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Maryam Khatoon Molkara, a Woman who Changed her Country

For our third article in women’s history month, we will look at a pioneer for transgender rights in Iran, a woman who changed her country and the world, Maryam Khatoon Molkara. As a transgender woman of faith Maryam represents an often ignored sector of the queer community. To help fix this we will shine a light on the story of a woman who in 1987 faced religious leaders to change how transgender people were viewed within the Muslim community and the laws regarding transgender people in Iran. So now we are proud to look into the life of the woman responsible for changing the discussion around transgender rights in Iran.

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Bricktop, and the Happy Ending

In the first week of women’s history month, we go to the second half of a two-part article about the incredible Ada Smith, or more simply known as, Bricktop. As we reviewed last time, she was an incredible woman who was successful and loved throughout the nightlife in 20’s Paris. We left off on that light note, but just like most of the world, Bricktop’s life changed when World War 2 began, and that is what we will be exploring next.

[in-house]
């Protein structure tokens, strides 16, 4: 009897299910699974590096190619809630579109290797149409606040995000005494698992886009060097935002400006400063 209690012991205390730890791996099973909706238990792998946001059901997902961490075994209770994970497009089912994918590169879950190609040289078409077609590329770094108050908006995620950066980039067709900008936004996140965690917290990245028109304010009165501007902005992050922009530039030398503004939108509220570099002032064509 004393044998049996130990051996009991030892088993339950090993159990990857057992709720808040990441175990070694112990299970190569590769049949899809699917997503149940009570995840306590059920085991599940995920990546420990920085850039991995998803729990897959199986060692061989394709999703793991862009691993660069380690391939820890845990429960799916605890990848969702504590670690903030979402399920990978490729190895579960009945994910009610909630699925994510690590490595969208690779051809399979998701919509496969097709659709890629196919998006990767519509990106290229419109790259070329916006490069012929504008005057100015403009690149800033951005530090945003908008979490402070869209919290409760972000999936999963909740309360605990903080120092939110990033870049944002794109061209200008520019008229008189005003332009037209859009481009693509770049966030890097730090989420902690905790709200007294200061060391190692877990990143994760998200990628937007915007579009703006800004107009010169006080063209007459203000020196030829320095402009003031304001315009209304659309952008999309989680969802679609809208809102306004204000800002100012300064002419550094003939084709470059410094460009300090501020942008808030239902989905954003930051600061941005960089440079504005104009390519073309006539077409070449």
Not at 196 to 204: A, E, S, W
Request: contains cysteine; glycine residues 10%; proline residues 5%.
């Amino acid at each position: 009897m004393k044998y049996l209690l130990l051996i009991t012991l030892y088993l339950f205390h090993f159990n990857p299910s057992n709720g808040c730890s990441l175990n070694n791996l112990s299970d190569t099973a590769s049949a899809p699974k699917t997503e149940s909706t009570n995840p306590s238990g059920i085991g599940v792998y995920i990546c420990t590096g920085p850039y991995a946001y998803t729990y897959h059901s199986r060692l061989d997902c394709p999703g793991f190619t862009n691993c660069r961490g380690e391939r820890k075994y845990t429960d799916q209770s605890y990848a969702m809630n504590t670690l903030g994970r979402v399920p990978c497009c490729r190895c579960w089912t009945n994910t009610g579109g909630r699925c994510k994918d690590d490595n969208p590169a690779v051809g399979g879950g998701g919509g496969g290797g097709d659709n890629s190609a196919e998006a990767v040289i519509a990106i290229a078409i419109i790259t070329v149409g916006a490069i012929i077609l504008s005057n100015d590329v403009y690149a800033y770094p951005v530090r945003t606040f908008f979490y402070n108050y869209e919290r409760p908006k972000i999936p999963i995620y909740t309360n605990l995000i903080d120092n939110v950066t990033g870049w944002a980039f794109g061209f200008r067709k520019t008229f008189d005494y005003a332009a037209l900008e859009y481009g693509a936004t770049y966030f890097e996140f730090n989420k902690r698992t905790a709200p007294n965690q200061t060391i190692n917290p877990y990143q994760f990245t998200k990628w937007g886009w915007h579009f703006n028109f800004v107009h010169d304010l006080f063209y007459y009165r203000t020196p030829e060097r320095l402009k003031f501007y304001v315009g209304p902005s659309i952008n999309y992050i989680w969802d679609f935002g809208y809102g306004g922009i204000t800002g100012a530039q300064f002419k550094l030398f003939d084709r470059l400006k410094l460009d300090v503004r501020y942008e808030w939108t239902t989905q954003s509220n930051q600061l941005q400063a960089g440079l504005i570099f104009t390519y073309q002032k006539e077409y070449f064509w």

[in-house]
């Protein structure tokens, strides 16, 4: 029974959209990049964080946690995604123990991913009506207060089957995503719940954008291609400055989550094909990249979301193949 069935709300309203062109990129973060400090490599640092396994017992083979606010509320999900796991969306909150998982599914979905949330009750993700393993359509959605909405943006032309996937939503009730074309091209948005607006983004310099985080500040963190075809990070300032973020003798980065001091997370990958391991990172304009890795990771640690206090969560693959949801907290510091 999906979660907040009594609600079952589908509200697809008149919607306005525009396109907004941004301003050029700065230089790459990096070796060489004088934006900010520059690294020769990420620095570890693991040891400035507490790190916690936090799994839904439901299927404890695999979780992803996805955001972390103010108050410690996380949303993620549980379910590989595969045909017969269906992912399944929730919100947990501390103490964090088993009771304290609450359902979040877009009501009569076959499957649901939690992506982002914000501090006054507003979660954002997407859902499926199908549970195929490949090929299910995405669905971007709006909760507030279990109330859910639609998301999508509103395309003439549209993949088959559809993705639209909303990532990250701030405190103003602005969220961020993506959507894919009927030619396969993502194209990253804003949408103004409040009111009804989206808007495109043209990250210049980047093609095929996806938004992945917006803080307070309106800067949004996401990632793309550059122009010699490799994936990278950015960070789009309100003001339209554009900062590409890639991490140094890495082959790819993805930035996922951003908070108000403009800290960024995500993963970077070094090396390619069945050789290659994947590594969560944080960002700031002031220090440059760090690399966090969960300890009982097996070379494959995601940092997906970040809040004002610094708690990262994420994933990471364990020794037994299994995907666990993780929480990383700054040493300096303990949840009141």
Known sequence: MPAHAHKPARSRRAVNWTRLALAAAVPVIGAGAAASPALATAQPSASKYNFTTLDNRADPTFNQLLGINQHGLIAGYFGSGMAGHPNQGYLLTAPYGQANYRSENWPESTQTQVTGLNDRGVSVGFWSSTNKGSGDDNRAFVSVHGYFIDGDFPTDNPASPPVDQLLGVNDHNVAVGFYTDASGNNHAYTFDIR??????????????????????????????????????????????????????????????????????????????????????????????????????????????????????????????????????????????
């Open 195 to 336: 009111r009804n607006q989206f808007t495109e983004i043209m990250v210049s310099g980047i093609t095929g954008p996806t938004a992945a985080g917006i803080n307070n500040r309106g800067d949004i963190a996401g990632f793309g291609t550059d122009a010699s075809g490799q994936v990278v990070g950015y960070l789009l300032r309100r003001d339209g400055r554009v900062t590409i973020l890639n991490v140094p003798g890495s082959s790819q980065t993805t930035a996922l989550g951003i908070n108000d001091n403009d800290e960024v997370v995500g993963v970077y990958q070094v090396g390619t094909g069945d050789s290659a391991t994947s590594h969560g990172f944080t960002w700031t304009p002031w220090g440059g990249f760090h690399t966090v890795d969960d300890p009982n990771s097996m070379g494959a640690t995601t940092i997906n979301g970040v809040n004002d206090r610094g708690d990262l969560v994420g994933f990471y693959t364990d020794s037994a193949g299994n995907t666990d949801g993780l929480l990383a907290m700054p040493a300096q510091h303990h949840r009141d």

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Bricktop, the Fabulous

To wrap up Black History Month, we are going to do another two-part article looking at a woman who was the center of the night scene in Paris during the 20’s. We will look at a woman who was not only talented in her own right, but also fostered the talent of the people around her, and made connections with some of the most incredible rising stars of her day. We will discuss the impact of a woman who was loved by almost everyone she interacted with. 

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Tamara de Lempicka's Life

When writing an article about an artist, one expects to have some discussion of the art created by the person in question, but in this case, that is going to be avoided. Tamara de Lempicka was a highly controversial artist, and there is no lack of people studying her work, no matter which side they fall on in regards to its worth. But we are not going to be looking at that, as we are not art experts, and have never claimed to be. We are going to be looking instead at her life, and it is an extraordinary one to discuss. Tamara was a bisexual woman who was made a refugee twice in her life, first by the Bolsheviks, then later by the Nazis. She was called bourgeois while simultaneously being poor, so she will no doubt provide more than enough for us to fill an article.

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The Story of the Ladies of Llangollen